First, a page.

Licensing the technology in the AACS case means licensing specifications and the selling of the encryption keys that make the system work in an interactive fashion. Interactive meaning that any Blu-ray disc should work in any Blu-ray device. This innovative encryption technology does rely on patents. However, AACS also has used an innovative technique to license those patents.

AACS does not own rights to the patents; the patents are owned by the AACS founders. The AACS founders license the patents directly to AACS licensees under a method called 'Necessary Claims.' That means the licensees can take advantage of whatever founder patents are necessary to implement the AACS Specifications within the scope of use defined in the license agreements. In return, the licensees agree not to take any actions against either the founders or any other AACS licenses, again to implement the AACS Specifications and within the scope of use defined in the AACS license agreements.

According to the AACS, this has the tremendous advantage for participants in the Blu-ray ecosystem, who are AACS licensees, to know that other participants in the ecosystem will not take action against them over the AACS technology. The 'Necessary Claims' licensing technique, by its nature, implies that patents are not listed. And as stated previously, the patents are owned by the AACS Founders, not by AACS. Therefore, AACS could not enter into an agreement with Colonial to license patents it does not own, and the 'Necessary Claims' methodology makes it impossible to speculate on when any of the patents may expire.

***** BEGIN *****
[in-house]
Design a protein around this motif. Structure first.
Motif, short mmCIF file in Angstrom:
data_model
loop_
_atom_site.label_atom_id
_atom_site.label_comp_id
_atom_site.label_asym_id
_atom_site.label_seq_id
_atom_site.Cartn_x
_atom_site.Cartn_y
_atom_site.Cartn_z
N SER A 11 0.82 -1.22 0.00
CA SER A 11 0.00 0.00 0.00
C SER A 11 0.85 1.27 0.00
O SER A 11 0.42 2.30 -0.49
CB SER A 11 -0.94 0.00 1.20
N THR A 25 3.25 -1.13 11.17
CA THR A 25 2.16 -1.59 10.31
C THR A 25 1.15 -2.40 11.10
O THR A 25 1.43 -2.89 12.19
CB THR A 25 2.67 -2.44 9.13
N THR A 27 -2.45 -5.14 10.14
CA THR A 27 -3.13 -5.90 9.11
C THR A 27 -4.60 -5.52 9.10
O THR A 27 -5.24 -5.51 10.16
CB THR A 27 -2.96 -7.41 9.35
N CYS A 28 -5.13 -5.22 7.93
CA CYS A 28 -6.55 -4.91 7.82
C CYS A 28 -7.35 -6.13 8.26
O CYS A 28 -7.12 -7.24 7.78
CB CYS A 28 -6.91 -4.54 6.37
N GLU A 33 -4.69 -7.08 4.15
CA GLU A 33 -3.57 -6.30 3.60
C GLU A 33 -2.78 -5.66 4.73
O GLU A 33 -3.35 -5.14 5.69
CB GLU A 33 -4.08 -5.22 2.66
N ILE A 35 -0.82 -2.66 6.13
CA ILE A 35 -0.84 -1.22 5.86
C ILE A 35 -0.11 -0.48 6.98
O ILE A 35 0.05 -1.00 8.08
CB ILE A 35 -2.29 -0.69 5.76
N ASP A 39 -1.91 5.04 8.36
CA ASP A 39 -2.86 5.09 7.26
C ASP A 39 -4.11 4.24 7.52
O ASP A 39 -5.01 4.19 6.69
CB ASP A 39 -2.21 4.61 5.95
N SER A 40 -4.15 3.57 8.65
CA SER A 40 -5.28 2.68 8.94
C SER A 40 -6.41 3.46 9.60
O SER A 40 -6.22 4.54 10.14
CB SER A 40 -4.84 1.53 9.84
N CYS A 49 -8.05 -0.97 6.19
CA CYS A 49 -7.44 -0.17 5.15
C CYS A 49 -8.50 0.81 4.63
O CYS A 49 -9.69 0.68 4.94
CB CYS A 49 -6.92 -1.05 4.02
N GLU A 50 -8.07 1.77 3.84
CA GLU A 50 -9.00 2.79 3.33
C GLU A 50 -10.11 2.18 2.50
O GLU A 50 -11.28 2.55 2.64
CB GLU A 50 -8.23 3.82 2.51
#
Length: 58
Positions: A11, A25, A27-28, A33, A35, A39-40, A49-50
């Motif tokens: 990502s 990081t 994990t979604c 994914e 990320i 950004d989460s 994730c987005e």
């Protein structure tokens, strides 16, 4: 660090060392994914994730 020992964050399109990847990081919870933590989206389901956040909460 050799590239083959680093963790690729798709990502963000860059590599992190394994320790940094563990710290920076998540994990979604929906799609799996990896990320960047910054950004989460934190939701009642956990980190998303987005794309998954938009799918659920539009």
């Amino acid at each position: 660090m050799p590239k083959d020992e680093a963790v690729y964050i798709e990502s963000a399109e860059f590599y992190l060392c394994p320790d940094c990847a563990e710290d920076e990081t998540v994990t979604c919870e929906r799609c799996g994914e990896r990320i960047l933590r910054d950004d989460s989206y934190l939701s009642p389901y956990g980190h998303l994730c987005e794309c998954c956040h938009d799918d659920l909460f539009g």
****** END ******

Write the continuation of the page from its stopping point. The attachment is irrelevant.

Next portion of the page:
A DVD disc's numerous varieties in terms of functionality (e.g., -ROM) or construction (e.g., single layer vs. double) also come with a multitude of patents. In 2012, a new collection body representing the patent interests of Philips, Sony, Pioneer, and LG formed known as One-Red.

As with the other collection agencies, One-Red has numerous expiring patents in the US during the next 18 months that are too numerous to list specifics here. But here's an example: Sony's U.S. patent No. 5969651 for '8/16 Modulation on a Single Layer DVD' expires on 7 July 2015, the same day that the company's U.S. patents Nos. 5969651 & 5818367 expire, also covering 8/16 Modulation but for a Dual Layer DVD- ROM disc.

Interested parties can go directly to: .

The patents managed by One-Red's sister organization formed to cover Blu-ray disc technology are mostly much newer, and therefore don't expire for the most part for another eight years or later. However, sandwiched among the data is this curio: Panasonic No. 5790487 for a Blu- ray disc as well as recordable Blu-ray disc's 'Optical Information Recording Medium,' which expired 6 June 2015.

See the complete One-Blue list at:


Regarding the time left on the ubiquitous DVD logo, DVD FLLC's Masa Saito tells Physical World: "We renew our logo periodically (e.g. every five years at patent and trademark offices in the world). So, I cannot tell how long." Saito adds that each current license started from 1 January 2015 and expires on 31 December 2019 for all licensees no matter when they sign.

The Physical World newsletter can be downloaded here.

Story filed 14.07.15